Being a journalist under the autocratic rule of Libyan dictator Moammar Qadhafi was an exercise in choice: between promoting state propaganda and spending time in jail. Now that NATO has toppled the regime, Libya is a little better at letting reporters practice their trade. But the press in Libya is by no means free.
That’s according to human rights watchdog Freedom House, which has just released its latest annual survey of press freedom around the world. While the group says that media in Libya has clearly improved after Qadhafi, the watchdog’s report describes a country where armed groups have taken to intimidating journalists while independent media has gone into retreat. All the while, a new legislature professes to be for freedom of the press — but has attempted to limit it.
Though it’s not all bad news. Freedom House’s practice involves analyzing the legal, political and economic factors of each country, and then assigning them numerical values totaling a maximum of 100 points, which is the worst possible ranking. Since the collapse of the Qadhafi regime — and the autocrat’s death in 2011 — Libya’s rankings have improved in all three categories. A total score of 94 in 2010 when Qadhafi was in charge, which the group termed “Not Free” and “among the most tightly controlled in the world,” has dropped 35 points to a total of 59, or “Partly Free.”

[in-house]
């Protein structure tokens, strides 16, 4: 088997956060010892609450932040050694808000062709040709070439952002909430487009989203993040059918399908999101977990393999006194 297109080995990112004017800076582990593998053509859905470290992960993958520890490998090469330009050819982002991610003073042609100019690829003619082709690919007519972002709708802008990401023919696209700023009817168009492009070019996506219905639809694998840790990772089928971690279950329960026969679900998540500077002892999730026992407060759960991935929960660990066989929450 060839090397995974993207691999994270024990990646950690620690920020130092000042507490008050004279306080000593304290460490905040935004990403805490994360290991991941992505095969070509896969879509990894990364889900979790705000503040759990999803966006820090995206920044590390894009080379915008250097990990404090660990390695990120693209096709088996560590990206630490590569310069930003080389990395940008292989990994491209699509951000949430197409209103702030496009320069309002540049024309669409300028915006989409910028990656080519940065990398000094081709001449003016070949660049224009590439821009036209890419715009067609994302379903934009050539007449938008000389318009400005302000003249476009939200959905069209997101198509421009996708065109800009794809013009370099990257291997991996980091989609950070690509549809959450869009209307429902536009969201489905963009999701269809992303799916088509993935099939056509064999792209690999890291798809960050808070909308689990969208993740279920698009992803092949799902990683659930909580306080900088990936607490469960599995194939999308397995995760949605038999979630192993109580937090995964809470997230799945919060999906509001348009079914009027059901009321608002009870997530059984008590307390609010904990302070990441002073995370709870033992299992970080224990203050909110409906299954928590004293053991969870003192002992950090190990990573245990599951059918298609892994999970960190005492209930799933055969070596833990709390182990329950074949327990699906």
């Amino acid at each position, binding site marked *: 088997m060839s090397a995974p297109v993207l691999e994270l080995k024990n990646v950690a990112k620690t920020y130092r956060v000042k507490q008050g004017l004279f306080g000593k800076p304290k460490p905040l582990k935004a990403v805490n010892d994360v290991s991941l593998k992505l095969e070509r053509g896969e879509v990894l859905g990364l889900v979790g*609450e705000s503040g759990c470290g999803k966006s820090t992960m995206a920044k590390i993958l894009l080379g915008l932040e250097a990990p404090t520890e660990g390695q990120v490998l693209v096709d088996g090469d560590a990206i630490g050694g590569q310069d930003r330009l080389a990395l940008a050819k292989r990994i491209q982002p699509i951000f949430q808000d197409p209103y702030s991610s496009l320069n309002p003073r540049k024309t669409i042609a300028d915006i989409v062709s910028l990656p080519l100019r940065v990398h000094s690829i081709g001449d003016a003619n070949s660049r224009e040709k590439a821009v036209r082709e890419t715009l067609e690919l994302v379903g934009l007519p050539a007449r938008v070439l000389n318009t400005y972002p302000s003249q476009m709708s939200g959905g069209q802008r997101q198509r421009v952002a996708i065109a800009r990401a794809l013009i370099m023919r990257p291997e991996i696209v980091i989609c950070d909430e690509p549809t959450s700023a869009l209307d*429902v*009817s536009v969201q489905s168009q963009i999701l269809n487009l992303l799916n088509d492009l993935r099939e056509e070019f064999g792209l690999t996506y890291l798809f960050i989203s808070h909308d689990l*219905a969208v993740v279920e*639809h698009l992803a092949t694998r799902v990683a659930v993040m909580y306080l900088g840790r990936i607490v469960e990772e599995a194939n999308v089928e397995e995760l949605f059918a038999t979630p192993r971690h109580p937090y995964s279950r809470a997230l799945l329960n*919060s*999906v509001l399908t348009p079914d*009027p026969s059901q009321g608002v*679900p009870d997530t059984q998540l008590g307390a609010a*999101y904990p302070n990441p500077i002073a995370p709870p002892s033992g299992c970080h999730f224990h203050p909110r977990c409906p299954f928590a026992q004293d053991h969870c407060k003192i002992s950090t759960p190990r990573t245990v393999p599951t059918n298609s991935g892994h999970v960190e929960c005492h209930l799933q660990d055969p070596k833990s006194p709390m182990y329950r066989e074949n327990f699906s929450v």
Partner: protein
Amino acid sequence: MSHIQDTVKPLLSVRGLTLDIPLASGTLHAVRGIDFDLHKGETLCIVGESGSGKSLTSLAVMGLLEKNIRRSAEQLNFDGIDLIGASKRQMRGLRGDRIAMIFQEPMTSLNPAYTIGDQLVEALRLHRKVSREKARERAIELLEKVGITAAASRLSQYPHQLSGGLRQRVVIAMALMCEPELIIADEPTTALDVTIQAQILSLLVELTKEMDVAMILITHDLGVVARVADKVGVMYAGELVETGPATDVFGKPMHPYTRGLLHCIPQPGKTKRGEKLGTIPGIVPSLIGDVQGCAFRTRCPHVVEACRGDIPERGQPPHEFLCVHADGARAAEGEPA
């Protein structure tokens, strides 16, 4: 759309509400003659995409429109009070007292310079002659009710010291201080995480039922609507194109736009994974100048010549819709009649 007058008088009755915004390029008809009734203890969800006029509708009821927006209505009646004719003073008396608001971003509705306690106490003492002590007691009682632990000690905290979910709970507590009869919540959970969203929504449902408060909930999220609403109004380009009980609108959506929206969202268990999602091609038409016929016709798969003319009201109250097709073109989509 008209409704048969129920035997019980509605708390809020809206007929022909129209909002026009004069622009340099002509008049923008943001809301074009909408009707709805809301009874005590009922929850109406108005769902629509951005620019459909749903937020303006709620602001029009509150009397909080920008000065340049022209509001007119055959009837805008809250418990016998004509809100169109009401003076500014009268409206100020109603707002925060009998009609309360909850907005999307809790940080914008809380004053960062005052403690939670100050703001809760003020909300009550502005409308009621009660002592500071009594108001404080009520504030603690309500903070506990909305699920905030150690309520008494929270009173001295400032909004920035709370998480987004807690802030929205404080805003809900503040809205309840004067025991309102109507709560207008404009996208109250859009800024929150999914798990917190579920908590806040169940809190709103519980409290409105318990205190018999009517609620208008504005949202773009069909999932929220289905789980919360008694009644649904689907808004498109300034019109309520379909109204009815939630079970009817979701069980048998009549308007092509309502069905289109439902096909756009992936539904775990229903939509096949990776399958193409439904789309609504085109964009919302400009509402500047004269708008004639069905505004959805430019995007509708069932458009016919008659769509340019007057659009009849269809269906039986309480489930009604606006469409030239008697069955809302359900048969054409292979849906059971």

The reason for the relative improvement might be best summed up as instability at least being better than Qadhafi. The United States and NATO helped overthrow the dictator in part to build a more open Libya. But it’s still not free, though. Or even mostly. Journalists have been arbitrarily arrested. Arbitrary imprisonment is still widespread, according to Human Rights Watch, which has documented attacks — including torture and rape — on villagers deemed disloyal.